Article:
On the northern coast of South Georgia is a large open bay, filled with a number of small islands broken away from the mainland. In this Bay of Islands is Albatross Island, one of the less imaginatively named locations in the area if no less evocative a label than any other. Predictably this place is all about the great wandering albatrosses that use it as their courtship and nesting base, a population that is known to be in decline on account of long-line fishing claiming enough birds every year that the reproduction rate does not balance.
Censuses begun in the 1960s on other islands give a decline rate, in terms of nesting birds, of about 5% per year. The government has implemented tight restrictions on visitor numbers, but is helpless to deal with fishing in unregulated waters which the albatrosses reach with ease.
The great wandering albatross is a marvel to watch in the air. Although they can weigh over 10 kg (22 lb), their mastery of the wind currents and updrafts is quite incredible. They can barely be seen to flap their wings at all.
These birds mate for life, making courtship a big deal and part of the reason for their vulnerability to population reduction.
We saw a lot of courting but no bonding. The ladies seem hard to impress.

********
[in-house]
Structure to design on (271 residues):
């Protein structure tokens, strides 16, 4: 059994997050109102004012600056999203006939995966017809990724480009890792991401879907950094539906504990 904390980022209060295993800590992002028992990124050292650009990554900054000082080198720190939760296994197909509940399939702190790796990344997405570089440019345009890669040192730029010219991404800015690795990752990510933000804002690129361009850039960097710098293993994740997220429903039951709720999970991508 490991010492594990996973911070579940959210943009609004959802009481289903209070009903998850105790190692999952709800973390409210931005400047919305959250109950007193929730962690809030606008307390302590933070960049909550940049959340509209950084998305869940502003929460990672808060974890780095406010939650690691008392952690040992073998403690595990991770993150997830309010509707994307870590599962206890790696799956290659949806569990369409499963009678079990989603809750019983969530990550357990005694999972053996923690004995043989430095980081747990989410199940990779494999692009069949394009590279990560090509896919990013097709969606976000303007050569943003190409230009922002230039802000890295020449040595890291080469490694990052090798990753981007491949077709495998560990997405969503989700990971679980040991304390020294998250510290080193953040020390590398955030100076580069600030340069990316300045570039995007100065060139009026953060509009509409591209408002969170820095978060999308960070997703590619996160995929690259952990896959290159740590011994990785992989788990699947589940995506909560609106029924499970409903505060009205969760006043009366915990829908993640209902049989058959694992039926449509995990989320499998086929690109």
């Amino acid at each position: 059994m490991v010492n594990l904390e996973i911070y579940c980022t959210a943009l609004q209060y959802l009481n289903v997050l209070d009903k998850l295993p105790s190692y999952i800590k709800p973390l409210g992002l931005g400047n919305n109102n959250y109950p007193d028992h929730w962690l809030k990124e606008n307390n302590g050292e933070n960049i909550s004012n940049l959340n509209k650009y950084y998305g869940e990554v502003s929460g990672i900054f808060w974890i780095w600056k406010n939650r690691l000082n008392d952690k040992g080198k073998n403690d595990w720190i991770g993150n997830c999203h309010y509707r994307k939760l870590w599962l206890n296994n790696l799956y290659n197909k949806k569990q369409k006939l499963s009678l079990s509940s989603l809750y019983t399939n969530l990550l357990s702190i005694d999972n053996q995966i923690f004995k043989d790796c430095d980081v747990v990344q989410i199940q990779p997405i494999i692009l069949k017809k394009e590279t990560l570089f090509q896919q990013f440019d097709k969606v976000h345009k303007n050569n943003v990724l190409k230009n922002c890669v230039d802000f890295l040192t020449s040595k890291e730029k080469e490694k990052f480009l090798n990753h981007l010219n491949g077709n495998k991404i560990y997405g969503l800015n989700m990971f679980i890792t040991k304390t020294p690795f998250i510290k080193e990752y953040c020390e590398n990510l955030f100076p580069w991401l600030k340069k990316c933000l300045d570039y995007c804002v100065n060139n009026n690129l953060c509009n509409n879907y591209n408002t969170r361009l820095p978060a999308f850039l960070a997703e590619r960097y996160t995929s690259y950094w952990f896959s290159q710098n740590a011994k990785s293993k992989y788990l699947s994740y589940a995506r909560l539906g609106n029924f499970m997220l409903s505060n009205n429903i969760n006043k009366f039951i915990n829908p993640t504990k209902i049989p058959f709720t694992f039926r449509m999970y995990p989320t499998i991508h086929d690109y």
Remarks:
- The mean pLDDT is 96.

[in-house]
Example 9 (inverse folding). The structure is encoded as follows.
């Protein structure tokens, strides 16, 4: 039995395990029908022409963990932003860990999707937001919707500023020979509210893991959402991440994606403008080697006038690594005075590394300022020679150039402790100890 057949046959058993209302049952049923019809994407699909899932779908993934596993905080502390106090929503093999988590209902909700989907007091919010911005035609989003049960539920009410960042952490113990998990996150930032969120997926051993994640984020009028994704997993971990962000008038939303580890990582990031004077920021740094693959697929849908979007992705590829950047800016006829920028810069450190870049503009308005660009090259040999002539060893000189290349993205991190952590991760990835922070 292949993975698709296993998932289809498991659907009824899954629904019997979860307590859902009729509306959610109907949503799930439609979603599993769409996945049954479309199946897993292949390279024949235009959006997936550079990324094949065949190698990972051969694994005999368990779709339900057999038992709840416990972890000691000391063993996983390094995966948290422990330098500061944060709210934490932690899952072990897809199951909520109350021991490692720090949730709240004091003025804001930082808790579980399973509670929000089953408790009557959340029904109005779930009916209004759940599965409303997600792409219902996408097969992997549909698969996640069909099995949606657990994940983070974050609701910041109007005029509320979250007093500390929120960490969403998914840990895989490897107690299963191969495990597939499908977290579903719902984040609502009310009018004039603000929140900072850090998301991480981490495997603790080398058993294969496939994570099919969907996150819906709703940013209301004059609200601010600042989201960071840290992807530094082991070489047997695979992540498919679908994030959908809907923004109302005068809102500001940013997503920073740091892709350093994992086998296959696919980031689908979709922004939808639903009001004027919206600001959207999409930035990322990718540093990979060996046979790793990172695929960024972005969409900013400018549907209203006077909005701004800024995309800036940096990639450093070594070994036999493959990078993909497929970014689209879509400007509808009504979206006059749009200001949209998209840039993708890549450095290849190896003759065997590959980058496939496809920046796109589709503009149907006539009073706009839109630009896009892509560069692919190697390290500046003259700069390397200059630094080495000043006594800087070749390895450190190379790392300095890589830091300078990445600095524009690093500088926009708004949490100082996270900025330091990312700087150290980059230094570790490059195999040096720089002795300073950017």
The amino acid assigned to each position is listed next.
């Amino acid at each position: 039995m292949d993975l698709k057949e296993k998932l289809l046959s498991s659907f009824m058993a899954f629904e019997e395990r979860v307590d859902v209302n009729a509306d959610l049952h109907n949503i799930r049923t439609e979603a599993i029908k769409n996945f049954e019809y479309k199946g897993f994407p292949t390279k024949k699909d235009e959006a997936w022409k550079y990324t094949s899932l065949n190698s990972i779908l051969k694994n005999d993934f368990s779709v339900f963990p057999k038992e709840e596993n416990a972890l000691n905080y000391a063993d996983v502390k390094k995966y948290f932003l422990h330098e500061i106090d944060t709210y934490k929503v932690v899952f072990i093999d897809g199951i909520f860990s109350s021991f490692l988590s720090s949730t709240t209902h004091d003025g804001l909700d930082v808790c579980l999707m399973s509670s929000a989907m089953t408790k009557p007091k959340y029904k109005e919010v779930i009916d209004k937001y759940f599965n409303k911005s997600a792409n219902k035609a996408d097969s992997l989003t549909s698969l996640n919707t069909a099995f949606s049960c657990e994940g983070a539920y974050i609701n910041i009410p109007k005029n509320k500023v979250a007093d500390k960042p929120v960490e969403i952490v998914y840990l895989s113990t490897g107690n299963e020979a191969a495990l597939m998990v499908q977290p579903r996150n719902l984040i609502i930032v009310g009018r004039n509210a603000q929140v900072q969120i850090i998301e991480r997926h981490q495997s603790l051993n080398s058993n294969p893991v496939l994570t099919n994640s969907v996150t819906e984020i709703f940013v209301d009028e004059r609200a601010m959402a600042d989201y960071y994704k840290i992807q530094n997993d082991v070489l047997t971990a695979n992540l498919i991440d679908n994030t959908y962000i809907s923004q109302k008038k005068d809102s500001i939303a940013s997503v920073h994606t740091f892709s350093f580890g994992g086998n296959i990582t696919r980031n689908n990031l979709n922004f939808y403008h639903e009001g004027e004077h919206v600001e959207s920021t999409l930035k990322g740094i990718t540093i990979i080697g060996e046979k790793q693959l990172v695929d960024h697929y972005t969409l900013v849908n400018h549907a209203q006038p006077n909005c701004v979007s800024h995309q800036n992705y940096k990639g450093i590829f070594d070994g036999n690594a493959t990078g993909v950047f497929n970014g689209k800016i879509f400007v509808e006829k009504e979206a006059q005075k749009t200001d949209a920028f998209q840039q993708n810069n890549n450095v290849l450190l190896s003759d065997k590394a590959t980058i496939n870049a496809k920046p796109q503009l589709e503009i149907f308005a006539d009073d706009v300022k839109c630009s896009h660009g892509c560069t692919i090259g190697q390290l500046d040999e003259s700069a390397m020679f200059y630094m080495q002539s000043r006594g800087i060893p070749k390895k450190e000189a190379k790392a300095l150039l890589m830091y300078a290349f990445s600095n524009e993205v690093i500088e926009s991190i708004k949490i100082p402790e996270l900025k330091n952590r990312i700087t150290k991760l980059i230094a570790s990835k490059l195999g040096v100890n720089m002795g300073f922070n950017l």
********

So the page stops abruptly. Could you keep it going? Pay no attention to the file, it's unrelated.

Males try to get the attention of females by pouting out their chest and spreading their wings in full. This wingspan is well over three meters (ten feet).
The females exhibit great interest but no commitment. This suitor was resigned to try again another time.
Landing is a delicate business, and it is common to witness several attempts before the bird will commit to the ground. A runway is required. Feet double as flaps and ailerons.
There’ll be more albatrosses on the last page.
From a Rosita Harbour surrounded by kelp on the Bay of Islands, Albatross Island can be viewed to the distant left. Salisbury Plain is on the right.
Right Whale Bay was our third and final destination featuring a large penguin population. The anchorage was ominously shrouded in an ever-changing mist.
With very little room to swing to the anchor, we were able to deploy 45 m (150′) of chain. That’s in 10 m (30′) of water and on a rock bottom.
To see the rookery we had to leave Kiwi Roa here on anchor. And this is calm weather.
Right Whale Bay supports a sizeable population of kings. These birds have found a good spot in which to cool off.
Seals, penguins, and petrels coexist in a fabrication of harmony.
The members of the usual motley group of molting juveniles awkwardly try to integrate themselves into the community. We don’t know how many kings are here; the reader is invited to start counting.
Thinning fog gave us yet more variety to the view from the boat.
Our last destination in South Georgia was Elsehul, a supposedly protected bay at the very north west of the island. Westerly and south-westerly gales are funneled over the saddle at its head and can make for an exciting anchorage, as we were to discover.
Elsehul has a Norwegian name, and bears the evidence of some history of its own. These are cast iron try pots for rendering seal blubber. The seals appear to have had the last word.
Fur seals have a tendency to kill the tussock as they trample it down, and the resulting erosion run-off is responsible for the sediment filled water visible here.
The boat next to Kiwi Roa is the 20 m (65′) and 65 ton Golden Fleece, Jérôme Poncet’s expedition yacht. She was about to share the foxhole with us during one of South Georgia’s nastier tempests.